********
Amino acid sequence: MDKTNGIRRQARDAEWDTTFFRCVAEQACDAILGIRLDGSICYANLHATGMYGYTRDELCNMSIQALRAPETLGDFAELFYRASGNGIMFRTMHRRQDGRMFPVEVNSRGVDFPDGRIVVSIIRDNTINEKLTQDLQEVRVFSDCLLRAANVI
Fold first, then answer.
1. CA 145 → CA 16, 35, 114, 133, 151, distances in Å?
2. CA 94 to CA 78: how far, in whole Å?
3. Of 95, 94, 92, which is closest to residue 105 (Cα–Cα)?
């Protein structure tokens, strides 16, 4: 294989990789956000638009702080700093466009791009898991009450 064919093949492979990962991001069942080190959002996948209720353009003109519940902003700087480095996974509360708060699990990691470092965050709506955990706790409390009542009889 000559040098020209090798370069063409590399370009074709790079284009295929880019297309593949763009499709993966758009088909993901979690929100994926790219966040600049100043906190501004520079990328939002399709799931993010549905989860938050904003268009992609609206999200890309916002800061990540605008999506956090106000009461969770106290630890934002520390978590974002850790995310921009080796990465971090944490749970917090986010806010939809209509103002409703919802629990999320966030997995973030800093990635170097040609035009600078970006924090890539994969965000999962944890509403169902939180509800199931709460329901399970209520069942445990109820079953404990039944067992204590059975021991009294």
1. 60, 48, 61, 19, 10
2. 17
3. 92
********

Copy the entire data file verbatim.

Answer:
Amino acid sequence: MDKTNGIRRQARDAEWDTTFFRCVAEQACDAILGIRLDGSICYANLHATGMYGYTRDELCNMSIQALRAPETLGDFAELFYRASGNGIMFRTMHRRQDGRMFPVEVNSRGVDFPDGRIVVSIIRDNTINEKLTQDLQEVRVFSDCLLRAANVI
Fold first, then answer.
1. CA 145 → CA 16, 35, 114, 133, 151, distances in Å?
2. CA 94 to CA 78: how far, in whole Å?
3. Of 95, 94, 92, which is closest to residue 105 (Cα–Cα)?
């Protein structure tokens, strides 16, 4: 294989990789956000638009702080700093466009791009898991009450 064919093949492979990962991001069942080190959002996948209720353009003109519940902003700087480095996974509360708060699990990691470092965050709506955990706790409390009542009889 000559040098020209090798370069063409590399370009074709790079284009295929880019297309593949763009499709993966758009088909993901979690929100994926790219966040600049100043906190501004520079990328939002399709799931993010549905989860938050904003268009992609609206999200890309916002800061990540605008999506956090106000009461969770106290630890934002520390978590974002850790995310921009080796990465971090944490749970917090986010806010939809209509103002409703919802629990999320966030997995973030800093990635170097040609035009600078970006924090890539994969965000999962944890509403169902939180509800199931709460329901399970209520069942445990109820079953404990039944067992204590059975021991009294």
1. 60, 48, 61, 19, 10
2. 17
3. 92